Plan and SKU settings in the premium plan.
There are two plan size settings when creating the plan: the minimum number of instances (or plan size) and the maximum burst limit.
We can continue to scale out until the maximum burst limit is reached and if our app requires more instances than there are always-ready instances and in some we scale them up as well.
On a per-second basis, we're charged for instances larger than our plan size only while they're operating and allotted to us. The platform tries its hardest to scale our app to the specified maximum limit. At least one instance will be required for each plan.
The user will be charged for each instance allocated in the minimum instance count which is regardless of whether functions are running or not.
In most of the cases this autoscaling feature is very effective and further it does not require any user amendment. Scaling beyond the bare minimum, on the other hand, is a last-ditch effort. If new instances are unavailable at a certain moment, scale-out may be delayed, however this is unusual.
Available instance SKUs
We have three instance sizes to pick from when creating or scaling our plan. We will be charged per second for the total number of cores and RAM that each instance is allotted to us. As needed, our software can scale out to several instances automatically.
The Memory usage
Running our function app on a system with more memory does not always imply that it uses all of it.
Azure Functions: Dedicated hosting plans
In traditional hosting, these compute resources are similar to the server farm. One or more function apps can be set up to share computational resources (App Service plan) with other App Service apps like web apps.
Consider using an App Service strategy in the following scenarios:
Regardless matter how many function apps or web apps operate in the plan, we are only charged for the plan.
If we're on an App Service subscription, we should turn on the Always on option to ensure that our function app works properly.
The Always on option is only available on App Service plans. The platform automatically activates function apps on a Consumption plan.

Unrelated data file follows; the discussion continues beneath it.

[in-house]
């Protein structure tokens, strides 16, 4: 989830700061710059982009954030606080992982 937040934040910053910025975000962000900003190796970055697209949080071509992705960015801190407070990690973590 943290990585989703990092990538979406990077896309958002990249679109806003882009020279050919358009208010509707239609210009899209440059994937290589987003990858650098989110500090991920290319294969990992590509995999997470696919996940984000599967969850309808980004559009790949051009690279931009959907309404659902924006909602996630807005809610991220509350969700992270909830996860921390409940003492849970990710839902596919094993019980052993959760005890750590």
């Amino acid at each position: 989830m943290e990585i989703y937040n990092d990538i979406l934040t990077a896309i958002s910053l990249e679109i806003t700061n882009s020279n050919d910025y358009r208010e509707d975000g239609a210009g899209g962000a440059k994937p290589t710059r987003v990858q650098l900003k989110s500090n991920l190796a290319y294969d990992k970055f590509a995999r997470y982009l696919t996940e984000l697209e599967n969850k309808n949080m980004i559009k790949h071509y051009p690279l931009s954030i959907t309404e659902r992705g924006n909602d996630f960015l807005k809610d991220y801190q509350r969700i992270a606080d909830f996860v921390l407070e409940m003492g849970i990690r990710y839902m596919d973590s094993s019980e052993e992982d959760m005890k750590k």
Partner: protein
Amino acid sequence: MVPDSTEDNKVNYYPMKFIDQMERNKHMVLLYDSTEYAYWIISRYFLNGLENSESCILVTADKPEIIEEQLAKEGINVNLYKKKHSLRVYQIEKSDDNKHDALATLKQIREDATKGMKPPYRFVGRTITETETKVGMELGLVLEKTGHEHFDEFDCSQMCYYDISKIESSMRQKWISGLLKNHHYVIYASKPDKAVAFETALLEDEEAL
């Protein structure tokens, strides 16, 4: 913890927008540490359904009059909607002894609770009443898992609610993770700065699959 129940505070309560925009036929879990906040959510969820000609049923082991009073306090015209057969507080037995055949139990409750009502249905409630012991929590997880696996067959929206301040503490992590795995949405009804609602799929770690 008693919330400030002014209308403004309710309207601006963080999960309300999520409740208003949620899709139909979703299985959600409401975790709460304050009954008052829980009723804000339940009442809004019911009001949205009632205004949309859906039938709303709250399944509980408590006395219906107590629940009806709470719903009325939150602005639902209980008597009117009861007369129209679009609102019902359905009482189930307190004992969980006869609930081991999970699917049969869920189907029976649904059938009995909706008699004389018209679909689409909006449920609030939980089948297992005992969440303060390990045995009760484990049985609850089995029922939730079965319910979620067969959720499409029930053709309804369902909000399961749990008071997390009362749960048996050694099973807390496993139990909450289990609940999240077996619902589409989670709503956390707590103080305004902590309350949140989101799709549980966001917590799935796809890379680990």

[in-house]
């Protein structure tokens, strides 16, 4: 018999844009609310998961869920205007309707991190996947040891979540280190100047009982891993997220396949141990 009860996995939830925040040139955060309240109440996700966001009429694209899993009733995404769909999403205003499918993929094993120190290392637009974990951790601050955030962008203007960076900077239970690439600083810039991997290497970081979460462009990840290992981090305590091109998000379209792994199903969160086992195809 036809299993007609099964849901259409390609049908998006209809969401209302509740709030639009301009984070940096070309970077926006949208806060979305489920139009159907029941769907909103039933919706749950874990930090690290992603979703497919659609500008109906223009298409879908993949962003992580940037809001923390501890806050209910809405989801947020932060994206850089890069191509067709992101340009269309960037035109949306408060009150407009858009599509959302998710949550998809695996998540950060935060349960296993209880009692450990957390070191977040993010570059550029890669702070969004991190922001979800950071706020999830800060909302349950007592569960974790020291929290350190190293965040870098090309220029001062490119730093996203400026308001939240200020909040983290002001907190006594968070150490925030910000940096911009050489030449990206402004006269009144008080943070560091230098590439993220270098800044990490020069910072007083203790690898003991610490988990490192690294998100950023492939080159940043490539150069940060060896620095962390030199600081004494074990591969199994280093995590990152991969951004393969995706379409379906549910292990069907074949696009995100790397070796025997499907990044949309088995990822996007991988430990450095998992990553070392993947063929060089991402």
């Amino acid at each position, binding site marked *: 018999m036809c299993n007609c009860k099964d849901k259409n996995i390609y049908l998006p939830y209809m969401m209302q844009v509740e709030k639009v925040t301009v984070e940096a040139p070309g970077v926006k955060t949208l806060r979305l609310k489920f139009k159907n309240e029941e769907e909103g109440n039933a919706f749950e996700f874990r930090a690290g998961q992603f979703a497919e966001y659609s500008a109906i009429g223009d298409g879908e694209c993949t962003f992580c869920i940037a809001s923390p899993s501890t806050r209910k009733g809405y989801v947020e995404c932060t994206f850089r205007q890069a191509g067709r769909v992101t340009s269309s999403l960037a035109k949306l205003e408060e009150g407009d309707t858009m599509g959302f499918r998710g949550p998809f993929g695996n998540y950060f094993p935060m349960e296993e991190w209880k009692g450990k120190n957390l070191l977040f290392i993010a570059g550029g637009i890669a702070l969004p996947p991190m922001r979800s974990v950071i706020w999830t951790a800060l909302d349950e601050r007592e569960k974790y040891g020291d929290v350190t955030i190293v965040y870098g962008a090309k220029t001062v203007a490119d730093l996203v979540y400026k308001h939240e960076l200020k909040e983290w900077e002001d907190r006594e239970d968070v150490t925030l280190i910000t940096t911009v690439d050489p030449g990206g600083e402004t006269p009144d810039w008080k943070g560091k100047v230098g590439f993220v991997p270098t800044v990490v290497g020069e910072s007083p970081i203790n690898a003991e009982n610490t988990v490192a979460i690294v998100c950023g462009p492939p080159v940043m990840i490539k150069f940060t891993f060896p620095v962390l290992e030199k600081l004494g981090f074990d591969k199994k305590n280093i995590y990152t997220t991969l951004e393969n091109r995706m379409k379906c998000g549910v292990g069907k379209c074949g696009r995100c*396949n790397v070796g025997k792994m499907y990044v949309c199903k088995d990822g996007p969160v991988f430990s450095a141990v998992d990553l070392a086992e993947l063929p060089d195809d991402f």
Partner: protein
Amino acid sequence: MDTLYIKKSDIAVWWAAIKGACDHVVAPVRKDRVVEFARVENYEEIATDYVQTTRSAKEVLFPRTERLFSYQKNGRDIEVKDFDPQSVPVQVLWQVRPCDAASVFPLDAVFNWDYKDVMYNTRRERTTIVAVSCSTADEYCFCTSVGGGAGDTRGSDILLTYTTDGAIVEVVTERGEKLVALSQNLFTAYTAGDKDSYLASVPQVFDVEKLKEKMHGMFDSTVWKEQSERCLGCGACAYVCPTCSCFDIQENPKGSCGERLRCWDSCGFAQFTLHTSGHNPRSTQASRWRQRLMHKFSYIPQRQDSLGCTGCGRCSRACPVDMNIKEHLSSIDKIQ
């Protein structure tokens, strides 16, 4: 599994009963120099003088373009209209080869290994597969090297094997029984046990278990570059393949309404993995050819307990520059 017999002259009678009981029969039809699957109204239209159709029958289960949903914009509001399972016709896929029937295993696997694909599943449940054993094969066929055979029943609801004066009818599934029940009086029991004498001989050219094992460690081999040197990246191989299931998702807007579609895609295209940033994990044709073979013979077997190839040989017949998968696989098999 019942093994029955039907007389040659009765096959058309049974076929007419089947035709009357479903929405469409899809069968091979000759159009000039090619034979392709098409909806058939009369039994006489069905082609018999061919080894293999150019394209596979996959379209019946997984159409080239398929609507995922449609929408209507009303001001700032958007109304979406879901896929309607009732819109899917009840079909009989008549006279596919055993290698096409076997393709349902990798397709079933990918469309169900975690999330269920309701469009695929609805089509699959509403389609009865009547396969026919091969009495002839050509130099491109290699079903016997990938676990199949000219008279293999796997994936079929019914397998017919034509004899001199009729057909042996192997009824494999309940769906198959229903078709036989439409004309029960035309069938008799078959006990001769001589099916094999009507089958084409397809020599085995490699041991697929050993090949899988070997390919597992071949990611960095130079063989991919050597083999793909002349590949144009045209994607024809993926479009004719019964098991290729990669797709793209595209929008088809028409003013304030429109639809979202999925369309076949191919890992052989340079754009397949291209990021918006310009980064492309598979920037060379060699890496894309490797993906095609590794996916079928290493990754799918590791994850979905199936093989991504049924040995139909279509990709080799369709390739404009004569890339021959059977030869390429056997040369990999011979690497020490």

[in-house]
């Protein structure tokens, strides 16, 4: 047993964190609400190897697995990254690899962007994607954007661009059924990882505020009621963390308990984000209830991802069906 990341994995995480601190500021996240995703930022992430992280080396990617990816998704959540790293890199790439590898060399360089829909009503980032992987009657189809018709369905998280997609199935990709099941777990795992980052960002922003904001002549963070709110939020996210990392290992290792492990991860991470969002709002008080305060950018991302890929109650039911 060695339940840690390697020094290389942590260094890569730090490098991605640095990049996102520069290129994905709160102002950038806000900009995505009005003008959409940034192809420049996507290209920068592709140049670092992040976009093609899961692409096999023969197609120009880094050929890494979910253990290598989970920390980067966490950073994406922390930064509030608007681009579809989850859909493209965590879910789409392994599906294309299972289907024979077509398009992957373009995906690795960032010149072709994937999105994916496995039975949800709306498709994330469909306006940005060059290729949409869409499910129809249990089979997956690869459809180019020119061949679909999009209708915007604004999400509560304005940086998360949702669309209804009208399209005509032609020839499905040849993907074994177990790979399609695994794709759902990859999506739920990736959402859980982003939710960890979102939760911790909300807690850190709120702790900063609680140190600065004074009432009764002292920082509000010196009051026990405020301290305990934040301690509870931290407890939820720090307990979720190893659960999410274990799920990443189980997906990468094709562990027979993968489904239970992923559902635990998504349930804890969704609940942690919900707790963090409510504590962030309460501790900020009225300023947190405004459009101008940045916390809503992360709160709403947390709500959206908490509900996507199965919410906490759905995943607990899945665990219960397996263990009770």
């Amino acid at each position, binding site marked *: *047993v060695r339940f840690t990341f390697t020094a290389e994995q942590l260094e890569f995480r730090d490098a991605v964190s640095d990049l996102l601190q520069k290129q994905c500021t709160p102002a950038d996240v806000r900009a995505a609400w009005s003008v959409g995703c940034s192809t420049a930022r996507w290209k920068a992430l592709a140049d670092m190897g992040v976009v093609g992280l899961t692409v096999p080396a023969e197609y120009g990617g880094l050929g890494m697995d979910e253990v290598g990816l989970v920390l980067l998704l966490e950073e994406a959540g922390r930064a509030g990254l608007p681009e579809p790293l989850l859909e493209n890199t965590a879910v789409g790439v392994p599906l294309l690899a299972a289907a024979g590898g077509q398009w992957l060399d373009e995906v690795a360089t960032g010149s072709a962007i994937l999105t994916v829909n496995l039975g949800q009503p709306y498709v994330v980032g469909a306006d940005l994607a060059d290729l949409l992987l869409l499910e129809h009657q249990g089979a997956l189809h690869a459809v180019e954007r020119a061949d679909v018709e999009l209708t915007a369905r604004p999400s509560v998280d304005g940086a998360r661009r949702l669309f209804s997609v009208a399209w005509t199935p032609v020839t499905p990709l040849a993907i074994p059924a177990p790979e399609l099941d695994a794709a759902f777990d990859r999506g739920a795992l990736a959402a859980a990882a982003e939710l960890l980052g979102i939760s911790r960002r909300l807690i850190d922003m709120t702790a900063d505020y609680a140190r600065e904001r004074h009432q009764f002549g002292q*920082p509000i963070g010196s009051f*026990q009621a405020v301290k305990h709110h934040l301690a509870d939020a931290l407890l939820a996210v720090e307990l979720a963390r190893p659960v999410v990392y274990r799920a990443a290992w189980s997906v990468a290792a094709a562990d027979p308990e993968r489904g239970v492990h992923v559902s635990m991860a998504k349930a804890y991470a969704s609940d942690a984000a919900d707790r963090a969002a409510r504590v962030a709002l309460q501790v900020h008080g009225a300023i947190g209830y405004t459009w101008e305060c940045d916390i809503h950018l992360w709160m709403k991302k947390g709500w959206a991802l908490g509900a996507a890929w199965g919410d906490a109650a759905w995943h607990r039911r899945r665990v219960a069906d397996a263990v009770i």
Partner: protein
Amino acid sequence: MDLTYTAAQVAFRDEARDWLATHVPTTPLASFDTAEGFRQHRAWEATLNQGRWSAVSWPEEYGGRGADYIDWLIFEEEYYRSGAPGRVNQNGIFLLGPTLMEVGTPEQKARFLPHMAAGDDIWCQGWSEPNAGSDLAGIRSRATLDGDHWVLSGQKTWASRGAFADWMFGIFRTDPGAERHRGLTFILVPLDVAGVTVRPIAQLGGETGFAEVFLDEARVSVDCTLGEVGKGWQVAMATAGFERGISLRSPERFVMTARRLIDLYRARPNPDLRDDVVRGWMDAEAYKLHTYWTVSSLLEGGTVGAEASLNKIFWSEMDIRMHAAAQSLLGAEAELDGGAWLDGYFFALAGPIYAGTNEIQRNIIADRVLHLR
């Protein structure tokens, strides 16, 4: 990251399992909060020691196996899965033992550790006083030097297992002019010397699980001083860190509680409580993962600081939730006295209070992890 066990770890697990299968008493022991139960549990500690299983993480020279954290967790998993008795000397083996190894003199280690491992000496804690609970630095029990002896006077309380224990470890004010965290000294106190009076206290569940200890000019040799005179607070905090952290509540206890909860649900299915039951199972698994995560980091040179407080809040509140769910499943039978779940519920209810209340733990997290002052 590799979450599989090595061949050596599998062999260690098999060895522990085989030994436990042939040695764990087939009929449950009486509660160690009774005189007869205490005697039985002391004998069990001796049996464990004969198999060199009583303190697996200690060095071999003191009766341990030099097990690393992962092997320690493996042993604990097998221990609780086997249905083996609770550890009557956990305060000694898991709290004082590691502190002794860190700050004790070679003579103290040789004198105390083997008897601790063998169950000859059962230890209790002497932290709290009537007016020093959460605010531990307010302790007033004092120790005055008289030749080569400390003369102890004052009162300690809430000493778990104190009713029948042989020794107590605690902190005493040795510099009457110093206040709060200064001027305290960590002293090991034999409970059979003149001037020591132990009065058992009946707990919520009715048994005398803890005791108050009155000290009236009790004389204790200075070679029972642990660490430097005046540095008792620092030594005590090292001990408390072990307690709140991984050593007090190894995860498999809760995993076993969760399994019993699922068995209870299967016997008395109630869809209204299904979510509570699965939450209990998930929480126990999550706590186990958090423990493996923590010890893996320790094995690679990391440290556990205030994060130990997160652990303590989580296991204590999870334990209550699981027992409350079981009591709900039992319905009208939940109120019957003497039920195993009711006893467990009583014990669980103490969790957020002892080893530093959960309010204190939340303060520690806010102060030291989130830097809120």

We can manually scale out with an App Service plan by adding new VM instances. We can also enable autoscale, albeit it will be slower than the Premium plan's elastic scale.
App Service Environments
When compared to an App Service Plan, running in an App Service Environment (ASE) allows us to fully isolate our functions and take use of a larger number of instances.
If we merely want to operate our function app in a virtual network, the Premium plan is for us.
Azure Functions expands CPU and memory capacity in the Consumption and Premium plans by adding more Functions host instances.
When we delete the function app's main storage account, the function code files are also lost and cannot be restored.
The scaling controller is a component in Azure Functions that monitors the rate of events and determines whether to scale out or scale in. For each trigger type, the scale controller employs heuristics.
The function app is the scale unit for Azure Functions. The scaling controller, on the other hand, removes function host instances as compute demand decreases. When there are no functions that are running inside a function app, then the number of instances is finally "scaled in" to zero.
The platform may reduce the number of instances on which our function app runs to zero after our function app has been idle for a certain number of minutes. Scaling from zero to one adds latency to the next request. A cold start is the term for this period of latency.
The number of dependencies that our function app requires can have an impact on the cold start time. Cold start is more of a concern for synchronous processes that must deliver a response, such as HTTP triggers.
Understanding scaling behaviours
Scaling depends on a variety of things, and it varies depending on the trigger and language used. There are a few nuances to scaling behaviours that we should be aware of: